Instead, the huge declines in Europe and America—together with the significant declines in Latin America and East Asia—have driven a worldwide decline in Jesuit membership since 1965. Over the prior 425 years, the order had grown to its largest number of 36,038 priests and brothers, as reported in the Vatican’s Annuario Pontificio. But from 1965 to 2015, membership dropped precipitously to 16,740. That’s a fall of more than 50 percent in just 50 years.

I’ve been told by the spokeswoman for the North American provinces that this year’s membership is 16,376 worldwide. That makes perfect sense; it’s consistent with the trends. By contrast, recent news reports claim “more than 17,000” and “just over 18,000,” but they cite no sources for their data. Those numbers couldn’t possibly be correct.

So there was a sharp decline over the last 50 years—but perhaps most of the drop occurred during the late 1960s and the 1970s, that tumultuous period following Vatican II, when there was widespread dissent from Humanae Vitae? Surprisingly, that’s not the case. The decline in Jesuit membership was indeed steepest (19.5 percent) during that first decade (1965-1975), when many priests and religious abandoned their vows. But the most recent decade (2005-2015) has also seen a sharp decline of 15.7 percent. Over the last three decades, the loss as a percentage of members has been getting worse, from a decline of 10.4 percent in 1984-1995 (no numbers are available for 1985), to 13.3 percent in the next decade and 15.7 percent most recently.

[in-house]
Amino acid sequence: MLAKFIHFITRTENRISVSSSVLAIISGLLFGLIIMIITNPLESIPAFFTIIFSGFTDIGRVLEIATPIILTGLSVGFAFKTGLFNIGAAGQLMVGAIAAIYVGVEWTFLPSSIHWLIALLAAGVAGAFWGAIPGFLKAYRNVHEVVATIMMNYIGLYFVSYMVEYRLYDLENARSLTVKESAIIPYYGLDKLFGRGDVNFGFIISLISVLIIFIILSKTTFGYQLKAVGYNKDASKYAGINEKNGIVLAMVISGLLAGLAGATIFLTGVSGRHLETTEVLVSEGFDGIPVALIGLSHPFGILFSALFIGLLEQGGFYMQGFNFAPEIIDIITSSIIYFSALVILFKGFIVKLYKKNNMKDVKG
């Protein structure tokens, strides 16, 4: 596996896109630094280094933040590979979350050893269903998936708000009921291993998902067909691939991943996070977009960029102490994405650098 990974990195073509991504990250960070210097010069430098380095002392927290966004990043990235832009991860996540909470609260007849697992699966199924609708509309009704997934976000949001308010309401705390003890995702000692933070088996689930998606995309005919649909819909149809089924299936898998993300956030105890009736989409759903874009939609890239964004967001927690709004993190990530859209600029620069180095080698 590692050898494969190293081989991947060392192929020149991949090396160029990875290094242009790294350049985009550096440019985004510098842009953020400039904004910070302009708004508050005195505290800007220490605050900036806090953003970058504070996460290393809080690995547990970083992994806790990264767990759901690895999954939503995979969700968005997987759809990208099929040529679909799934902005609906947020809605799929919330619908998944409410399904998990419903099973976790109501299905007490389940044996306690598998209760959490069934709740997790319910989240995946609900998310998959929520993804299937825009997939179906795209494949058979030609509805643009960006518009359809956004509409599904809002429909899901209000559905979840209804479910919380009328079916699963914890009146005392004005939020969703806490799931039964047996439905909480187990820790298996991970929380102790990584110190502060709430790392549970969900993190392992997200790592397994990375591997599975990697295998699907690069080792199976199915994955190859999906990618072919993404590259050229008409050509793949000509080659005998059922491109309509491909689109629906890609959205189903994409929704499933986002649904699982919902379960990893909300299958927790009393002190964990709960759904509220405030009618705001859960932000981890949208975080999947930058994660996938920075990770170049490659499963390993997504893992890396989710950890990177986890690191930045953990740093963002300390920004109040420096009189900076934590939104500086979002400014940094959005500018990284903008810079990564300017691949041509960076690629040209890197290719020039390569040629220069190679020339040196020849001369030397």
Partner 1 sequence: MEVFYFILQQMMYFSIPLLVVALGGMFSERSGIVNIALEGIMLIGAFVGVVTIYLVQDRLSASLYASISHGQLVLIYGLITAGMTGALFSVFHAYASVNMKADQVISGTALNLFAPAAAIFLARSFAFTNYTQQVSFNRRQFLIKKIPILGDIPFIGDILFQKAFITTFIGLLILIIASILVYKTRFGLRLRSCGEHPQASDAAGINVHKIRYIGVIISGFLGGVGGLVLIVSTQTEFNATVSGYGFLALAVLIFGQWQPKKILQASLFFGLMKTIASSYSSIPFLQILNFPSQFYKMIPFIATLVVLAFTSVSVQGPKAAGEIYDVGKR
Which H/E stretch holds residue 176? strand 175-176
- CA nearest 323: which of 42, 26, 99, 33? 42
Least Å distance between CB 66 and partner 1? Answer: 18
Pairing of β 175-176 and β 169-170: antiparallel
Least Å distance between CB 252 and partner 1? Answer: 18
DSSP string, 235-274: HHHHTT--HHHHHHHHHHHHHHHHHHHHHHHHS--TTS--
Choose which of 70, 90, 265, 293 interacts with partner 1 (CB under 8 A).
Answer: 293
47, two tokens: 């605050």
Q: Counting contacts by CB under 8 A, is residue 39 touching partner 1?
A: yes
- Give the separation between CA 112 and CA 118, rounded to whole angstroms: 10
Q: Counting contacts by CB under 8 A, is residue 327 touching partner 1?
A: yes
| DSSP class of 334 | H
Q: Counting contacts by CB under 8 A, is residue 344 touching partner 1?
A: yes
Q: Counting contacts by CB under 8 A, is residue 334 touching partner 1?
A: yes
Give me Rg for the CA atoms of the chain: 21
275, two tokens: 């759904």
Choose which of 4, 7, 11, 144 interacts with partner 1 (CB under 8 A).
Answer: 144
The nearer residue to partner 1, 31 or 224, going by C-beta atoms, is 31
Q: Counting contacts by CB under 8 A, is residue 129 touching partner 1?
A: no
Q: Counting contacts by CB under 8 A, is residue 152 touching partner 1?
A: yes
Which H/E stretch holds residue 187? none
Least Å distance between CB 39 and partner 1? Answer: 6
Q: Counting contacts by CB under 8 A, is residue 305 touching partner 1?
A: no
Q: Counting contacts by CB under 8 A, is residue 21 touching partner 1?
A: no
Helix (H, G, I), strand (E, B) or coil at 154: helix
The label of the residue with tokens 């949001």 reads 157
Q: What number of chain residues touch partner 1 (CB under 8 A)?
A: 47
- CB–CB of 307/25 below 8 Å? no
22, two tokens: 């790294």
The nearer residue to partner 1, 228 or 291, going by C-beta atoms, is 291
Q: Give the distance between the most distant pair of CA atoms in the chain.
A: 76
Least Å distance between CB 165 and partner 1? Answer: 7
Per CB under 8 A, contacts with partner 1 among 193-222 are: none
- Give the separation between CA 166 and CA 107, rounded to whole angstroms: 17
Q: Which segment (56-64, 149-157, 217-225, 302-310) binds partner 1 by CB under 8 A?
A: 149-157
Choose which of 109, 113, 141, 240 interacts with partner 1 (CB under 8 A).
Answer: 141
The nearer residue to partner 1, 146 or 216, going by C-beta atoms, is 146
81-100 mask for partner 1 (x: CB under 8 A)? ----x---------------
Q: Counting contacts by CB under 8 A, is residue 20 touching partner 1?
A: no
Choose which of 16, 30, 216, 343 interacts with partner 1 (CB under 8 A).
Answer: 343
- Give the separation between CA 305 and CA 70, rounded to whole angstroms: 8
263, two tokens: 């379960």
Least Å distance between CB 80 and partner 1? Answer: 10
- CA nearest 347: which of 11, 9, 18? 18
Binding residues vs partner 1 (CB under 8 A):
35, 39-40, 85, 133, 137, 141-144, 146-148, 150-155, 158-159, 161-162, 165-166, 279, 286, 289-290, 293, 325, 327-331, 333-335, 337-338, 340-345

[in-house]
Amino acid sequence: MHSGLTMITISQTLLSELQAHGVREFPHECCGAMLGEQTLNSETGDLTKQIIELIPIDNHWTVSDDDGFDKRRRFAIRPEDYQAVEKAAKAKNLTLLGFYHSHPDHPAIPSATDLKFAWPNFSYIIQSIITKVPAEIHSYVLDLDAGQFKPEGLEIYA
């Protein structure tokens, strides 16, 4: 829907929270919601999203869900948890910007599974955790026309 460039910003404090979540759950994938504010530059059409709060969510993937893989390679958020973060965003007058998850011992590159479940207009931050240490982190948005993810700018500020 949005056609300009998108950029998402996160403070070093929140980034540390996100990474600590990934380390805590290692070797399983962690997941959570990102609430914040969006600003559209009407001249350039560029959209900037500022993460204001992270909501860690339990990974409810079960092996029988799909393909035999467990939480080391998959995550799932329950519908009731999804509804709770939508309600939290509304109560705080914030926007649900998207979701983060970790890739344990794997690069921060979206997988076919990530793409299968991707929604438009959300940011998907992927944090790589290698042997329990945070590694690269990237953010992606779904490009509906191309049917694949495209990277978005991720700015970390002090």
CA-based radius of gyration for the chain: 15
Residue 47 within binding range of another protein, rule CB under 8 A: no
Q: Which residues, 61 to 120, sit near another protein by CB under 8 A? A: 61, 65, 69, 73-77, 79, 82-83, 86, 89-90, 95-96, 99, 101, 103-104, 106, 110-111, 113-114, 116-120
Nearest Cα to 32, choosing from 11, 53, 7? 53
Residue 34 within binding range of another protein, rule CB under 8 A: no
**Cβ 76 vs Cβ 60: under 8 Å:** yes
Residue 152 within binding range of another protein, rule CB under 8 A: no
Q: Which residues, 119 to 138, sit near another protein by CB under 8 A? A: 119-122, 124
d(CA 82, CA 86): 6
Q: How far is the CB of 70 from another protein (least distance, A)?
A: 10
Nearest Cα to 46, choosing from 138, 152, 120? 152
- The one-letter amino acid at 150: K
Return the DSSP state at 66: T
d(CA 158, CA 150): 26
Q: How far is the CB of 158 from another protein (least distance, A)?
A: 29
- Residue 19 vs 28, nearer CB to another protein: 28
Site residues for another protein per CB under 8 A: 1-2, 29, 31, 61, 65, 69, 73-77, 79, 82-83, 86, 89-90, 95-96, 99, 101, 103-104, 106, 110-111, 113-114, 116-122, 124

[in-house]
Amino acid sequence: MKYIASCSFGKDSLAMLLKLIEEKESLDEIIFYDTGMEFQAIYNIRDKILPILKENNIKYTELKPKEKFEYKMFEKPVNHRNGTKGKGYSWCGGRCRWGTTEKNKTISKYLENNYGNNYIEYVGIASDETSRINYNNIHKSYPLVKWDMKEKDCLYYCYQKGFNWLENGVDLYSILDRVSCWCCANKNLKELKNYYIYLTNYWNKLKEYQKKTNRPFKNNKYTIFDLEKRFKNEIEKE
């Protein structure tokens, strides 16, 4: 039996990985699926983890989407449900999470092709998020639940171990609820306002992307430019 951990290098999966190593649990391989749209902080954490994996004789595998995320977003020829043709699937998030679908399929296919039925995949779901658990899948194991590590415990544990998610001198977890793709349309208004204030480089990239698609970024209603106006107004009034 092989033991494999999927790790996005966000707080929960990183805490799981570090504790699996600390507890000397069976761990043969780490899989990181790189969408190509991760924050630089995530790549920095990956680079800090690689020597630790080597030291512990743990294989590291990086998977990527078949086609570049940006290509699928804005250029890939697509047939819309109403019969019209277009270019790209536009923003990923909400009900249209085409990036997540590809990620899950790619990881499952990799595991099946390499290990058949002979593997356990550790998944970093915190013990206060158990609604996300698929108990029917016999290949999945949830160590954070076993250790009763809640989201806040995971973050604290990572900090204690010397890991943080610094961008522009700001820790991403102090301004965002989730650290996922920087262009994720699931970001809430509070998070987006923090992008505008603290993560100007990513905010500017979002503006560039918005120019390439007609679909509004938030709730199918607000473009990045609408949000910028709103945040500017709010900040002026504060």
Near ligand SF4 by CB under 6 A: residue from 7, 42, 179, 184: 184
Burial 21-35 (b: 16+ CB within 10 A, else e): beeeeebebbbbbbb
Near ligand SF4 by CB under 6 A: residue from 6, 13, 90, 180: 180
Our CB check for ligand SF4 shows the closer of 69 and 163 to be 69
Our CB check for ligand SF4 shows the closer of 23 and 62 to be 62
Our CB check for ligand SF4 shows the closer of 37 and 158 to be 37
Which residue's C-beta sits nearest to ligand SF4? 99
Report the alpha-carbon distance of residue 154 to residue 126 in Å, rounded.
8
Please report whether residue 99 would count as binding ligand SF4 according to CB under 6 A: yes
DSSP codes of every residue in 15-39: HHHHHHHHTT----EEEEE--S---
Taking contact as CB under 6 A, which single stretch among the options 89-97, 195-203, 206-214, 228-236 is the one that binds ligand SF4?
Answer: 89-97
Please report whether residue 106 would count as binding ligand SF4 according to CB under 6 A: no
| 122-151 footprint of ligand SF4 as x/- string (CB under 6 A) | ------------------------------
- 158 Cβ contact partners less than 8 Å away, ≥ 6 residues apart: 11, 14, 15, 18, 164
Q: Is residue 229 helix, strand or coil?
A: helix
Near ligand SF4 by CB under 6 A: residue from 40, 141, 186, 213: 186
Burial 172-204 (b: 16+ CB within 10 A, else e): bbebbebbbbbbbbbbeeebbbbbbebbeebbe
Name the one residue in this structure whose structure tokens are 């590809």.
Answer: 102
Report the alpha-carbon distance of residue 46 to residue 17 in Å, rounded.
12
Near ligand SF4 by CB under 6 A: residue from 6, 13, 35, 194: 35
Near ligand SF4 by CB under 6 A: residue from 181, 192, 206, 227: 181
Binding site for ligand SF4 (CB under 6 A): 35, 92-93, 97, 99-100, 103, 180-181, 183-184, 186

How about raw numbers? The Vatican reports that from 2005 to 2015, the Jesuits declined by 3,110 priests and brothers, which is less than half the actual decline (7,020) in the troubled decade of 1965-1975. But still, there were twice as many Jesuits in the first decade as the last. And the membership decline has worsened over the last three decades: from a drop of 2,665 in 1984-1995, to 3,035 in 1995-2005, to 3,110 this past decade. Again, that’s no sign of revival; the loss of members has been getting worse.

Moreover, those losses are not sporadic. Jesuit membership has declined every year since 1965, except for a brief uptick from 1984 to 1986.

Facts are facts. Maybe there are glimmers of hope in recent numbers, but overall the Society of Jesus is losing ground. Instead of counting on a bump in numbers thanks to Pope Francis, Jesuits might do better to consider whether these numbers reflect a greater instability in the order and a loss of reputation in the Church. While there are a number of exceptional Jesuits, the Society suffers from repeated controversy and moral confusion among others in its ranks. The reputation of the Jesuits as the “foot soldiers” for Christ is repeatedly undermined by many of their Jesuit universities, which are rapidly losing their Catholic identity and fidelity.

Normally we would celebrate the Memorial of St. Ignatius of Loyola on July 31, but this year it yields to the Sunday feast. This Sunday might be an opportunity for wayward Jesuits — instead of the usual celebration of the great Saint and his Company — to focus attention on the Eucharist and the unity of all the Faithful with the Magisterium of the Church, which should be the foundation for Jesuit education and spirituality. I bet that St. Ignatius would approve.